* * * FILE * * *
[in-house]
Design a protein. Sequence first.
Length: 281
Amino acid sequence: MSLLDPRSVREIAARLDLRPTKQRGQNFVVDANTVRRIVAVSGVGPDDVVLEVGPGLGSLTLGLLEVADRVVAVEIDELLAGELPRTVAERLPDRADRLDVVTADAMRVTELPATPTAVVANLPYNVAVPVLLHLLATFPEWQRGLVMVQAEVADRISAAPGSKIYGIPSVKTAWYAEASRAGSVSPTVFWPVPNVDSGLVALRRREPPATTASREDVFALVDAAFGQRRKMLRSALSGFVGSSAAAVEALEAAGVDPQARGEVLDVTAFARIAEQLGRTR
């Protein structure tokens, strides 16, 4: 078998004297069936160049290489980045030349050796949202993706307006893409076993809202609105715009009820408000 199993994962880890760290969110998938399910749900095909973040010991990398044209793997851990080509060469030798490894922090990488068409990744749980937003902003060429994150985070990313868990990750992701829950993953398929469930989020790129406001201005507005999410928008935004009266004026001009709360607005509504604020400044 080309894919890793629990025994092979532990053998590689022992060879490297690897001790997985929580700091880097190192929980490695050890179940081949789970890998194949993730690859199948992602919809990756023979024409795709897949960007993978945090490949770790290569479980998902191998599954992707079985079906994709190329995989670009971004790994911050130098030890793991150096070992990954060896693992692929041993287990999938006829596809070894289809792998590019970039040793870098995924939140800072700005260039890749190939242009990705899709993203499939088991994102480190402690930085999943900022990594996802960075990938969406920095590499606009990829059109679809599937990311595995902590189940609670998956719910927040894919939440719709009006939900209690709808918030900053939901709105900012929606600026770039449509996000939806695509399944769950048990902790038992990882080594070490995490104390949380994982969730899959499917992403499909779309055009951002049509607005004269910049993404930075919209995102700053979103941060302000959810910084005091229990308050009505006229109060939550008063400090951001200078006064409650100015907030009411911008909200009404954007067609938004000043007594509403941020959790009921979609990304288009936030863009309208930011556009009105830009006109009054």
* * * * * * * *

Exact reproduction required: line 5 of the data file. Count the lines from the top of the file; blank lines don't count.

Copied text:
């Protein structure tokens, strides 16, 4: 078998004297069936160049290489980045030349050796949202993706307006893409076993809202609105715009009820408000 199993994962880890760290969110998938399910749900095909973040010991990398044209793997851990080509060469030798490894922090990488068409990744749980937003902003060429994150985070990313868990990750992701829950993953398929469930989020790129406001201005507005999410928008935004009266004026001009709360607005509504604020400044 080309894919890793629990025994092979532990053998590689022992060879490297690897001790997985929580700091880097190192929980490695050890179940081949789970890998194949993730690859199948992602919809990756023979024409795709897949960007993978945090490949770790290569479980998902191998599954992707079985079906994709190329995989670009971004790994911050130098030890793991150096070992990954060896693992692929041993287990999938006829596809070894289809792998590019970039040793870098995924939140800072700005260039890749190939242009990705899709993203499939088991994102480190402690930085999943900022990594996802960075990938969406920095590499606009990829059109679809599937990311595995902590189940609670998956719910927040894919939440719709009006939900209690709808918030900053939901709105900012929606600026770039449509996000939806695509399944769950048990902790038992990882080594070490995490104390949380994982969730899959499917992403499909779309055009951002049509607005004269910049993404930075919209995102700053979103941060302000959810910084005091229990308050009505006229109060939550008063400090951001200078006064409650100015907030009411911008909200009404954007067609938004000043007594509403941020959790009921979609990304288009936030863009309208930011556009009105830009006109009054």